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Broadcom commits to stop locking in set-top OEMs to head off EC action

The European Commission is to seek the views of “interested parties” after chipset giant Broadcom agreed to make changes to its agreements with set-top and modem vendors to head off possible fines for breaches of competition rules.

 

The EC could potentially make the commitments from the company binding. If Broadcom subsequently breaks the agreement it could then be liable to fines of up to 10% of its global turnover, without the need for the EC having to find that there has been an infringement of EU antitrust rules.

 

The EC had objected to some exclusivity and quasi-exclusivity clauses imposed by Broadcom in relation to chipsets for TV set-top boxes, DSL modems and fibre modems and, after launching a probe last summer, threatened to impose interim measures “to prevent serious and irreparable damage to competition” in the market for systems-on-a-chip for the three markets.

 

The Commission ordered Broadcom to stop applying these provisions in agreements with six of its main customers and ordered the implementation of interim measures applicable for a period of three years.

 

Broadcom has now committed not to require or induce manufacturers to to obtain more than 50% of its requirements for SoCs for TV set top boxes, xDSL modems and fibre modems from Broadcom, and has agreed not make the supply of SoCs conditional on manufacturers obtaining more than 50% of its requirements for the relevant products – including SoCs for cable modems, front-end chips for set-tops and modems and WiFi chips for set-tops and modems – from Broadcom.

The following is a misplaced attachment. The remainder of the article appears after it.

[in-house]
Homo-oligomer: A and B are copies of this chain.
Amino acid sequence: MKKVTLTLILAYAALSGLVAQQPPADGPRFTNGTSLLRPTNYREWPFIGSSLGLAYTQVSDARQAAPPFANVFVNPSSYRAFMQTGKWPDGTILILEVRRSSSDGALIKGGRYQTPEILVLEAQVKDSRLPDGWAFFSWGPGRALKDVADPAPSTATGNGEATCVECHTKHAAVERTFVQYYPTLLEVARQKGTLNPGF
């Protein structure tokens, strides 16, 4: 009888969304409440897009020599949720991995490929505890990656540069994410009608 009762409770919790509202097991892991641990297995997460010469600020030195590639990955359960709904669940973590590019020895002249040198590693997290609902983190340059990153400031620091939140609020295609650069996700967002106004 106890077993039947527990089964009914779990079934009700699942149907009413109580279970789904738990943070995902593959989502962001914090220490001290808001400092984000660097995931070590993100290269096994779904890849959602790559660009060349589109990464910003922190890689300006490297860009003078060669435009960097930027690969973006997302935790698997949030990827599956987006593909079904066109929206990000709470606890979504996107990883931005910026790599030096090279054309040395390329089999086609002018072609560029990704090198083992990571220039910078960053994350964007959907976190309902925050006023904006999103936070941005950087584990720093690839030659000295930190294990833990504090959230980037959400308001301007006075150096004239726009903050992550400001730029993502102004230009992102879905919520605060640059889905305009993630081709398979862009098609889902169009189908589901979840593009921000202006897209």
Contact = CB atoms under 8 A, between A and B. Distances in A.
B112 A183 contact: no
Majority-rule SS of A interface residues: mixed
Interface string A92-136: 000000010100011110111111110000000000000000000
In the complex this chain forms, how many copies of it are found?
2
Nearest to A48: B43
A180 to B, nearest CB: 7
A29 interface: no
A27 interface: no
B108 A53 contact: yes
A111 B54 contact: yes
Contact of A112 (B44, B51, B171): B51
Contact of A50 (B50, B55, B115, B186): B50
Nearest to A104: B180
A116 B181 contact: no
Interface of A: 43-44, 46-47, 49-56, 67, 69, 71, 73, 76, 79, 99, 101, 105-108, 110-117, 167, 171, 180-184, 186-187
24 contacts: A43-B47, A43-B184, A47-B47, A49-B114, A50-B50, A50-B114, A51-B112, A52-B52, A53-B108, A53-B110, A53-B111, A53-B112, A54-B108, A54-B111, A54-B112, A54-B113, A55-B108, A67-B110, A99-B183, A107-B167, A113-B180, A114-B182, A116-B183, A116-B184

In addition to these global commitments, Broadcom has also agree to desist from some other potentially anticompetitive practices specifically within the European Economic Area.

 

The commitments apply for five years, and Broadcom has agreed to submit a report on their implementation to the EC each year over that period.

 

TV set-top boxes and modems are part of our daily lives, for both work and for leisure, even more so in these days of confinement. We are assessing whether the commitments proposed by Broadcom after our interim measures decision of last October will ensure that final consumers reap the benefits of choice and innovation on these markets. We want to hear stakeholders’ views before taking any decision,” said EC executive vice-president Margrethe Vestager.